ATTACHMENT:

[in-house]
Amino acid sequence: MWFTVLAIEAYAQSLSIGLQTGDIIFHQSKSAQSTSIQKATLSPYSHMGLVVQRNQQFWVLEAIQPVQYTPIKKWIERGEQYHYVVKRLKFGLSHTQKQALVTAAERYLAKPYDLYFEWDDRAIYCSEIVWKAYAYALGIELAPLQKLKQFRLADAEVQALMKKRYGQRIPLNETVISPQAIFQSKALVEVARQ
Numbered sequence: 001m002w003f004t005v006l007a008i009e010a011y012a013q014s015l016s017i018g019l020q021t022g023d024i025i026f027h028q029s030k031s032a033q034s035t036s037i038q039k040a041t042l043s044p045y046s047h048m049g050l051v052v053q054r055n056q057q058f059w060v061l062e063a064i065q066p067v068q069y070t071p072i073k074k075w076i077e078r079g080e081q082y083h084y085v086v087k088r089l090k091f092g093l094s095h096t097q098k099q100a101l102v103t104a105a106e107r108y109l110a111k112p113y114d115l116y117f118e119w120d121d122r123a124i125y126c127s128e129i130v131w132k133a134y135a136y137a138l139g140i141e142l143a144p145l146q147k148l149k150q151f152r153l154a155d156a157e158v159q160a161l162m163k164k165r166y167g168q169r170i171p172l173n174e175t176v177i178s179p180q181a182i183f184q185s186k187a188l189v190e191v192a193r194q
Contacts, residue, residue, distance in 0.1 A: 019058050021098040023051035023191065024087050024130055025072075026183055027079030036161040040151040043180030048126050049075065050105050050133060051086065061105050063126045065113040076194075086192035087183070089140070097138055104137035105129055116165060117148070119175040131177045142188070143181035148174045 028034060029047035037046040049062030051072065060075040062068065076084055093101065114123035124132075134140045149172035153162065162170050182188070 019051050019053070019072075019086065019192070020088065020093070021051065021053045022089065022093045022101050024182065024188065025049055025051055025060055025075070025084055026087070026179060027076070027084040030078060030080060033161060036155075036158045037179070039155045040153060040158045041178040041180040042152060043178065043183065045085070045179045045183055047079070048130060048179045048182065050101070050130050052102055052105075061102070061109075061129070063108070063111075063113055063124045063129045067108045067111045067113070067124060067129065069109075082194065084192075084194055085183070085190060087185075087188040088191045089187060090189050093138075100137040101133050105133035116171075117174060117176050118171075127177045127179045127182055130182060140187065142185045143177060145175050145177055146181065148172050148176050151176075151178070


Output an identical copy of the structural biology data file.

[in-house]
Amino acid sequence: MWFTVLAIEAYAQSLSIGLQTGDIIFHQSKSAQSTSIQKATLSPYSHMGLVVQRNQQFWVLEAIQPVQYTPIKKWIERGEQYHYVVKRLKFGLSHTQKQALVTAAERYLAKPYDLYFEWDDRAIYCSEIVWKAYAYALGIELAPLQKLKQFRLADAEVQALMKKRYGQRIPLNETVISPQAIFQSKALVEVARQ
Numbered sequence: 001m002w003f004t005v006l007a008i009e010a011y012a013q014s015l016s017i018g019l020q021t022g023d024i025i026f027h028q029s030k031s032a033q034s035t036s037i038q039k040a041t042l043s044p045y046s047h048m049g050l051v052v053q054r055n056q057q058f059w060v061l062e063a064i065q066p067v068q069y070t071p072i073k074k075w076i077e078r079g080e081q082y083h084y085v086v087k088r089l090k091f092g093l094s095h096t097q098k099q100a101l102v103t104a105a106e107r108y109l110a111k112p113y114d115l116y117f118e119w120d121d122r123a124i125y126c127s128e129i130v131w132k133a134y135a136y137a138l139g140i141e142l143a144p145l146q147k148l149k150q151f152r153l154a155d156a157e158v159q160a161l162m163k164k165r166y167g168q169r170i171p172l173n174e175t176v177i178s179p180q181a182i183f184q185s186k187a188l189v190e191v192a193r194q
Contacts, residue, residue, distance in 0.1 A: 019058050021098040023051035023191065024087050024130055025072075026183055027079030036161040040151040043180030048126050049075065050105050050133060051086065061105050063126045065113040076194075086192035087183070089140070097138055104137035105129055116165060117148070119175040131177045142188070143181035148174045 028034060029047035037046040049062030051072065060075040062068065076084055093101065114123035124132075134140045149172035153162065162170050182188070 019051050019053070019072075019086065019192070020088065020093070021051065021053045022089065022093045022101050024182065024188065025049055025051055025060055025075070025084055026087070026179060027076070027084040030078060030080060033161060036155075036158045037179070039155045040153060040158045041178040041180040042152060043178065043183065045085070045179045045183055047079070048130060048179045048182065050101070050130050052102055052105075061102070061109075061129070063108070063111075063113055063124045063129045067108045067111045067113070067124060067129065069109075082194065084192075084194055085183070085190060087185075087188040088191045089187060090189050093138075100137040101133050105133035116171075117174060117176050118171075127177045127179045127182055130182060140187065142185045143177060145175050145177055146181065148172050148176050151176075151178070